You've probably been told, "If someone rear ends you, it's always their fault," at one time or another. Unfortunately, this is not 100% true. While the person who rear ends you will almost always be found at least partially at fault, they are not automatically assumed to be completely at fault for the collision as many people tend to believe. Your insurance company (and if you go to court, the judge) will take several factors into consideration when determining where the fault lies.
How were the weather conditions?
If the roads were icy or there was pouring rain at the time the accident occurred, this will be taken into account when your insurance company or the court is assigning fault. First, they will consider whether the driver who hit you was taking proper precautions in regard to the current weather. Were they following so closely that they slammed into your car when they hit the brakes and their car skidded on ice? If so, they will probably be named at fault for the accident. On the other hand, if they did leave plenty of distance between their vehicle and yours, but the weather still got in the way of their best efforts to stop, they may be found only partially liable.
Second, the court or insurance company will determine whether your driving practices were suitable for the weather conditions. Did you forget to turn your lights on, making it hard for the driver to see your vehicle in the pouring rain? Maybe you stopped suddenly even though you knew it was icy out, and this contributed to the collision. If it is determined that your driving was not quite up to par considering the weather conditions, you're likely to be named partially at fault.
Were you or the other driver distracted or failing to obey the rules of the road?
If the other driver was texting, eating while driving, or engaging in some other distracting behavior that caused them to brake late and hit you, then almost certainly they will be named at fault. However, if you were engaging in a distracting behavior prior to the collision, you can expect at least part of the fault to be passed to you. For example, if you were texting and therefore did not see an obstruction in the road until the last minute, causing you to slam on your brakes instead of just steer around it, then you'll likely be partially at fault.
Was a third car involved?
Sometimes the behavior of another driver can cause you to respond in such a way that contributes to the accident. For instance, imagine the car in front of you slams on its brakes, so you slam on yours to avoid hitting them and then the car behind you rear ends you. In this case, part of the fault may lie on the driver in front of you who slammed on their brakes. Part may lie on the driver who rear ended you, as the fact that they were unable to stop in time likely means they were following too closely. You will probably be faultless in this situation.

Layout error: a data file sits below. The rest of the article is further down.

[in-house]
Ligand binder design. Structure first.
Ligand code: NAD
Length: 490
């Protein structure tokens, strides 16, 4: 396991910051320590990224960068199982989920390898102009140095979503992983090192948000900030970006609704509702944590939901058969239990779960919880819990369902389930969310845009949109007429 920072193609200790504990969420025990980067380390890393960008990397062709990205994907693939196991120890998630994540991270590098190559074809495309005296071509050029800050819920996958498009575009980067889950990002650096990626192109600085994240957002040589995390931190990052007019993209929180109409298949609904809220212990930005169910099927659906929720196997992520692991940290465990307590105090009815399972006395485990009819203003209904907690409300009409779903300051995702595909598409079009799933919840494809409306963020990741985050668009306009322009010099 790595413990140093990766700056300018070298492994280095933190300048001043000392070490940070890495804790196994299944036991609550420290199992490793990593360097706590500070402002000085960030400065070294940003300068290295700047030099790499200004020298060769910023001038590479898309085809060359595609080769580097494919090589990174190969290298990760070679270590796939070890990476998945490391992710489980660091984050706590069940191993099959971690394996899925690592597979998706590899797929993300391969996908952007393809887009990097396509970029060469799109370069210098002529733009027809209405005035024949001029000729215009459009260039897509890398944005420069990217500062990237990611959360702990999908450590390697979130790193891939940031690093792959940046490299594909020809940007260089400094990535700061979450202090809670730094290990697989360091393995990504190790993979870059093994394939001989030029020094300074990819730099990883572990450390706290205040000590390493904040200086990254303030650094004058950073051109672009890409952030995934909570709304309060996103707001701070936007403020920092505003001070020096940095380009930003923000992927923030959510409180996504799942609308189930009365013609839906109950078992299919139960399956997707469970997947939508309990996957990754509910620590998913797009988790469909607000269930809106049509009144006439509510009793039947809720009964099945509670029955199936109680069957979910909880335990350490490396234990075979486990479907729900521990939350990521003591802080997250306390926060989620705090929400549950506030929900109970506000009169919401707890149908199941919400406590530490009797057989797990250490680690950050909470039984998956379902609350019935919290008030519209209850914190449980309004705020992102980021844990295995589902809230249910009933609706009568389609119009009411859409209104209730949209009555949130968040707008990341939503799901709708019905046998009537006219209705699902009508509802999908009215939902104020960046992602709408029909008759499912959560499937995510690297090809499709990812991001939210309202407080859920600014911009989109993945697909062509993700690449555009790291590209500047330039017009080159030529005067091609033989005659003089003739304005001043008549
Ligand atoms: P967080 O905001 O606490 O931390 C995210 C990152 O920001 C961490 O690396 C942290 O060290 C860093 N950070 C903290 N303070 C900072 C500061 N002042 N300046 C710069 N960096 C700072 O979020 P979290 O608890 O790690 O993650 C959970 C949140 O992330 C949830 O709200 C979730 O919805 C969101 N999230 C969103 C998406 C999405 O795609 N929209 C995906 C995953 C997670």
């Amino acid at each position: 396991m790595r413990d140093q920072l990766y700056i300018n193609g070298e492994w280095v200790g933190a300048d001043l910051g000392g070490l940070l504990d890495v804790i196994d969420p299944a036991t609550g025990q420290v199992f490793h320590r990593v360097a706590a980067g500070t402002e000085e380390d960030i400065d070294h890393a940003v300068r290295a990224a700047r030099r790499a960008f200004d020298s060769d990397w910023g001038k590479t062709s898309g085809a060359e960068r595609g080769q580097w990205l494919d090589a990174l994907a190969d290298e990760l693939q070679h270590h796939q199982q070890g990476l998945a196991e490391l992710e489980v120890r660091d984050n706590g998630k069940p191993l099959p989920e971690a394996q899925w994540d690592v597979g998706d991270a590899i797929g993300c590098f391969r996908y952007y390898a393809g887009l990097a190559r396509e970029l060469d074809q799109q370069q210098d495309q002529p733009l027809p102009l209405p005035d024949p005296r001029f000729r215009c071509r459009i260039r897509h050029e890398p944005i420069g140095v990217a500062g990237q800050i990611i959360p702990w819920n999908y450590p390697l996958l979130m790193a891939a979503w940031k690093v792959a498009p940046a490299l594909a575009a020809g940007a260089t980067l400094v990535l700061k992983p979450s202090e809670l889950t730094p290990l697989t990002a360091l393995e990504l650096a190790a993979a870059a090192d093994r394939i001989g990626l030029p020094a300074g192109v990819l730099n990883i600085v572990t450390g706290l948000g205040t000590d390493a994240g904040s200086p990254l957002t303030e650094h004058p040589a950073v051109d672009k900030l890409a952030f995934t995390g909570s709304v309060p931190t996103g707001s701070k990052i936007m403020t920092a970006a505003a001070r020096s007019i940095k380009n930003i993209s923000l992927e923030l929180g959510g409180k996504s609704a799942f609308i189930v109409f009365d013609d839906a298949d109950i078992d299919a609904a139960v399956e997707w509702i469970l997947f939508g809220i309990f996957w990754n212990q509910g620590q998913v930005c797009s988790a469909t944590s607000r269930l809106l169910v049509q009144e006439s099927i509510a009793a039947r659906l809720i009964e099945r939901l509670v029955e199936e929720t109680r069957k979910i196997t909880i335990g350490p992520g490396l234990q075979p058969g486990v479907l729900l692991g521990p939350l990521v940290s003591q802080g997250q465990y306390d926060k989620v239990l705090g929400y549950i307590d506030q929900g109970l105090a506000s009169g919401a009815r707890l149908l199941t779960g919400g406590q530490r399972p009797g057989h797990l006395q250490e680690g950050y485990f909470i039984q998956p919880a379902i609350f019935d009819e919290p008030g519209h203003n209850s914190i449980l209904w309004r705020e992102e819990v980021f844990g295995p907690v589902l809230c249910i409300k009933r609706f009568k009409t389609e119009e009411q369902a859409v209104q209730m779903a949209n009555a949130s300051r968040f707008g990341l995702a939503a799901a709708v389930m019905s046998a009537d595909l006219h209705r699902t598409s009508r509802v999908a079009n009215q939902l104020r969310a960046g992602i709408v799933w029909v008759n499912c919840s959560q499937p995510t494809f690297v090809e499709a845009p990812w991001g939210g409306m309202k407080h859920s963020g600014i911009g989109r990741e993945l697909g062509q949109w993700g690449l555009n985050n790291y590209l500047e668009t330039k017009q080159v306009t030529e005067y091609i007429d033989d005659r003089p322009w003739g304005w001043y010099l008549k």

Did one of the involved parties experience vehicular failure?
If your car malfunctions and this contributes to the accident, then you'll probably be named at least partially at fault. For instance, if your engine stalls while you're driving down the street, and someone rear ends you before you get the chance to pull over, then you'll probably be partially at fault. This is because drivers are expected to properly maintain their vehicles to avoid such incidents. On the other hand, if the other driver experiences a malfunction (such as if their brakes fail) then this contributes to their being named at fault.
As you can see, many factors are considered when determining who is at fault for a rear end collision. If you are driving along, not distracted, following all traffic rules, and you are rear ended, then yes -- the other driver is probably fully at fault. However, there are many instances in which your car malfunction or behavior may have contributed to the accident, and in that case, both parties are generally found to be partially at fault.
For help deciphering who is at fault in your car accident, it may be wise to work with an auto accident attorney so you don't get steamrolled by the other party's, or your own, insurance company.